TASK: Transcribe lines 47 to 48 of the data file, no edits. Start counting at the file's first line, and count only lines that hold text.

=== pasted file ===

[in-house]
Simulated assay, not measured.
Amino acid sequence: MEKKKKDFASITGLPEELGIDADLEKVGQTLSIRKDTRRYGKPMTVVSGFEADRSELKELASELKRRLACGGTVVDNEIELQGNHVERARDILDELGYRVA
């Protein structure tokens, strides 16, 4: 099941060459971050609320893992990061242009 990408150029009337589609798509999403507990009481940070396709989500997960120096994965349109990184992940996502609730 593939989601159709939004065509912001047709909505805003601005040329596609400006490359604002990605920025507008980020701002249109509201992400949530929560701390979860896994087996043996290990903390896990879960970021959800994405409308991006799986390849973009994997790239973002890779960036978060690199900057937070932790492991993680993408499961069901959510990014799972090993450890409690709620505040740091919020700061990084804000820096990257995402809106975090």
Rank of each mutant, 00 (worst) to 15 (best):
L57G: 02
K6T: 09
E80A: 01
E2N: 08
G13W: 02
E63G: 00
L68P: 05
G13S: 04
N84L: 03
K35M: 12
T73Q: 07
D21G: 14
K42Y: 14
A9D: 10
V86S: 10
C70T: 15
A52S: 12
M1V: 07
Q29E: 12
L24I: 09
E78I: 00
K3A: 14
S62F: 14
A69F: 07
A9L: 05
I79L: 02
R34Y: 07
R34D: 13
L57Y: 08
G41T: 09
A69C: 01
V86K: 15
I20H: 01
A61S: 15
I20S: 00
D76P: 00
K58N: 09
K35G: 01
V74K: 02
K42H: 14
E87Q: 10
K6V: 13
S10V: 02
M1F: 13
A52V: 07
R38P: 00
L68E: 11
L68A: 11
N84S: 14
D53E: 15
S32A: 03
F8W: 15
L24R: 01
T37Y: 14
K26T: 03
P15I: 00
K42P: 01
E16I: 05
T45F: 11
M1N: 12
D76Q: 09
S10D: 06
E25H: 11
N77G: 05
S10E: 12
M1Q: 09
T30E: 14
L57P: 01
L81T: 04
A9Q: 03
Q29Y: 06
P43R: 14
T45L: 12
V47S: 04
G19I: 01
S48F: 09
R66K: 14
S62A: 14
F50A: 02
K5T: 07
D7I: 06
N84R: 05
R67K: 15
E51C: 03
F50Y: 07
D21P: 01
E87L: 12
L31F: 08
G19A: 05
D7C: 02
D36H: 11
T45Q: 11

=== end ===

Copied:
K6V: 13
S10V: 02